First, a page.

While Janet Napolitano and other members of the administration of Barack Obama are spearheading efforts in this country to confer full rights to illegal aliens and make our southern border as secure as the Maginot line, it may be illuminating to see how other countries are dealing with the problem of illegal immigration, and failing.
One country currently experiencing its own public debate over illegal border crossings is Australia. In fact, that country has been occupied of late with an embarrassing incident that can only be described as an imbroglio.
A group of 78 mainly Sri Lankan illegal immigrants sailed from Colombo, Sri Lanka’s capital, for the long five-week journey to Australia. As they approached Christmas Island in the Pacific (an Australian territory), they either accidentally or deliberately set fire to their vessel. The fire caught the attention of the Australian Navy, which placed the illegals on an Australia-flagged vessel called the “Oceanic Viking.”
The question now was what to do with them?
Australia has a left-of-center government. Deporting the Sri Lankans, who are so ethnically and culturally different from the typical Aussie, would not be perceived as being the politically correct thing to do. And immigrant rights groups were already starting to accuse the government of racism. To further complicate matters, Sri Lanka doesn’t really want them back anyway. The Sri Lankans on the ship were Tamils, and that group was on the losing side of that country’s recently concluded and bloody civil war. After decades of conflict, Sri Lanka is an economic basket case, and 78 fewer Tamil mouths to feed would not be missed.
The Australians now had a dilemma on their hands. If these were political refugees, taking them in would make the government look good on the international stage and satisfy domestic critics. But these were not political refugees; they were economic, and the government feared that allowing them to settle would set a precedent and encourage future boat people to try their luck.
Australia’s government thought it through, and came upon a novel solution: the Ocean Viking was to set sail at once and drop the refugees off—in Indonesia!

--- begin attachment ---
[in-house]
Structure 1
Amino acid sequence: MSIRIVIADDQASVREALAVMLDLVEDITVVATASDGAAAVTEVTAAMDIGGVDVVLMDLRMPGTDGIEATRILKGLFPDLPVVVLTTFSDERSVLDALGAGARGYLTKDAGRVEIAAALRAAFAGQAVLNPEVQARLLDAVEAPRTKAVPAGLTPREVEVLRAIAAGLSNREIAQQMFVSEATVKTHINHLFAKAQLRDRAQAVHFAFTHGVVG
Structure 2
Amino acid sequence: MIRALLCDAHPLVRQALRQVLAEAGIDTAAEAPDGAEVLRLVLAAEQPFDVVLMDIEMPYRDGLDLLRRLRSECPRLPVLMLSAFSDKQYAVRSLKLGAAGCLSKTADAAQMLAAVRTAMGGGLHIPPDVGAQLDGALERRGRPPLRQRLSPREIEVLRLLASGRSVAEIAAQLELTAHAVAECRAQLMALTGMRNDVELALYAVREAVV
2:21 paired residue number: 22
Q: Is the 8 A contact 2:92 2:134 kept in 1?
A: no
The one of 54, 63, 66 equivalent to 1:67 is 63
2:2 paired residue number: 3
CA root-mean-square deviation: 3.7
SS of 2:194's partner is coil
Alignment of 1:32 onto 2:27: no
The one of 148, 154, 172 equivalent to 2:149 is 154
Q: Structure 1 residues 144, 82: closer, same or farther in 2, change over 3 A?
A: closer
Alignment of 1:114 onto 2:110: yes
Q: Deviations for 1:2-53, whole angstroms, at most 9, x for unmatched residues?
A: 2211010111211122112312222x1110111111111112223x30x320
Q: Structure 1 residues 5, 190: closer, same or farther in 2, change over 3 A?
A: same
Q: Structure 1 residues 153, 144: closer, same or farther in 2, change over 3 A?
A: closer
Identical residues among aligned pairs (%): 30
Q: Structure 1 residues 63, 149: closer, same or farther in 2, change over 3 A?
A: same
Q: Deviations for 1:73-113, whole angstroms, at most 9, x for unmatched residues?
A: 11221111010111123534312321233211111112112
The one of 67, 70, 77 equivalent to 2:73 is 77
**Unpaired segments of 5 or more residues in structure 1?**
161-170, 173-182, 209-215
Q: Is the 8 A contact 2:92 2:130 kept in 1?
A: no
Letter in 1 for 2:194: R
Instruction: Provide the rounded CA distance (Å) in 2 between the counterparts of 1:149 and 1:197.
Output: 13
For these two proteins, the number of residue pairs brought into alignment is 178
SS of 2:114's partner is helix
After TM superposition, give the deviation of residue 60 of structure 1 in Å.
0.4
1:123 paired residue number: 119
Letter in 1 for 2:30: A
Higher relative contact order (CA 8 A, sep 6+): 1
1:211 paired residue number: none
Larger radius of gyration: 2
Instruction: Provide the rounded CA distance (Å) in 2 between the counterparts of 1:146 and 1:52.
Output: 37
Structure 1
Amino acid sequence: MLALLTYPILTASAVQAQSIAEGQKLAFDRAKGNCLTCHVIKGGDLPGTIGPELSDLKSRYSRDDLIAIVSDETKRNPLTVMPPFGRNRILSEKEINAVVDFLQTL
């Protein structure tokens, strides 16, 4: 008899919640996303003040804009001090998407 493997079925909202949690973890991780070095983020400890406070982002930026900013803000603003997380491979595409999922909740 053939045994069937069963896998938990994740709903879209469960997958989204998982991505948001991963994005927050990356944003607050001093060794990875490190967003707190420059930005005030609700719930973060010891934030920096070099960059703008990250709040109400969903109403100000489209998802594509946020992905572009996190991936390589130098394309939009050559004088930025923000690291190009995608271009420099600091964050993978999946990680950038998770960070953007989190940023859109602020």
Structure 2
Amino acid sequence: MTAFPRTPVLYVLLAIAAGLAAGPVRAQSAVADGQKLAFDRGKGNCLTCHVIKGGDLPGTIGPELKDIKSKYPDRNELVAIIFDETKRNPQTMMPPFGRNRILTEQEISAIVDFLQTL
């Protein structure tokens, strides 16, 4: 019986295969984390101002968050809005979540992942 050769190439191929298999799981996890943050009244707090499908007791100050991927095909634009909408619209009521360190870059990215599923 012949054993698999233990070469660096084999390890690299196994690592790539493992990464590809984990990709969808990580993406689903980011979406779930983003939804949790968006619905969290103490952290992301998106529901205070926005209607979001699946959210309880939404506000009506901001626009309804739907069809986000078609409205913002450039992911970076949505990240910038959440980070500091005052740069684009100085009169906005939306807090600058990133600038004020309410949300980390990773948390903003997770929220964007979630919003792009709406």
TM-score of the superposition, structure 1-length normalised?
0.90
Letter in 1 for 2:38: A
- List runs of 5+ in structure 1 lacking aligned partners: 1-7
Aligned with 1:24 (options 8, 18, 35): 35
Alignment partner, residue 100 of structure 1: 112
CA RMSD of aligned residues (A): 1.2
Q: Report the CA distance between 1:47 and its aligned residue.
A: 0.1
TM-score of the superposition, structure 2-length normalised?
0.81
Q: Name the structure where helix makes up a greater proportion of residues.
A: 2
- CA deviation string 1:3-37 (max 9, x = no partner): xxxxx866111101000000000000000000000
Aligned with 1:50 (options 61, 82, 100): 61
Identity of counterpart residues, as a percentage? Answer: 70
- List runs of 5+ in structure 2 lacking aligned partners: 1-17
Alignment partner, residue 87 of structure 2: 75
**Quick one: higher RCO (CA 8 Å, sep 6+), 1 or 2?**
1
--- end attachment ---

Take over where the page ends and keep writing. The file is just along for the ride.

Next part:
There were two problems with this plan: 1) the Indonesians didn’t want them either; and 2) the illegals wanted nothing to do with Indonesia. They wanted to go to Australia. They demanded to go to Australia.
That’s when things got ugly.
When the Ocean Viking docked in an Indonesian port, the Sri Lankans refused to get off the ship! For over six weeks, they kept the situation at a stalemate. They threatened violence against any attempt at forcing them to leave the ship, even threatening to kill themselves en masse if any effort was made to try and force them to disembark. They talked to the media, accusing the Australians of racism. The Australians found themselves caught in an embarrassing situation of their own making that was taking on an international dimension by putting political correctness over the security of its borders.
Being indecisive caused a ripple effect. It gave the Sri Lankan government the opportunity to wash their hands of the matter. The Indonesian government was furious over not being adequately consulted by Australia as to its plans and saw a double standard since the Australians have in the past not hesitated to deport Indonesian fisherman caught fishing in Australia’s waters. An Indonesian official spoke bluntly:
What has made us feel offended is that at the time when the Sri Lankan illegal immigrants entered their waters territory, Australia gave more burden to Indonesia by sending the illegals to Bintan district [of Indonesia] on the pretext of cooperation. Why does Australia not deport those illegals to Sri Lanka as what that country often did in the past against Indonesian fishermen?
By not immediately deporting the Sri Lankans back to their own country and putting the world on notice that its borders are not negotiable, the Australians are on course to making the same mistakes we have, and will soon be flooded with refugees.
Meanwhile, the illegals are still calling the shots on the Ocean Viking, and Sri Lankans back home have interpreted Australia’s indecision over the handling of the incident as an open invitation–300 more Sri Lankans are being held after having been intercepted off Australia’s northern coast last week.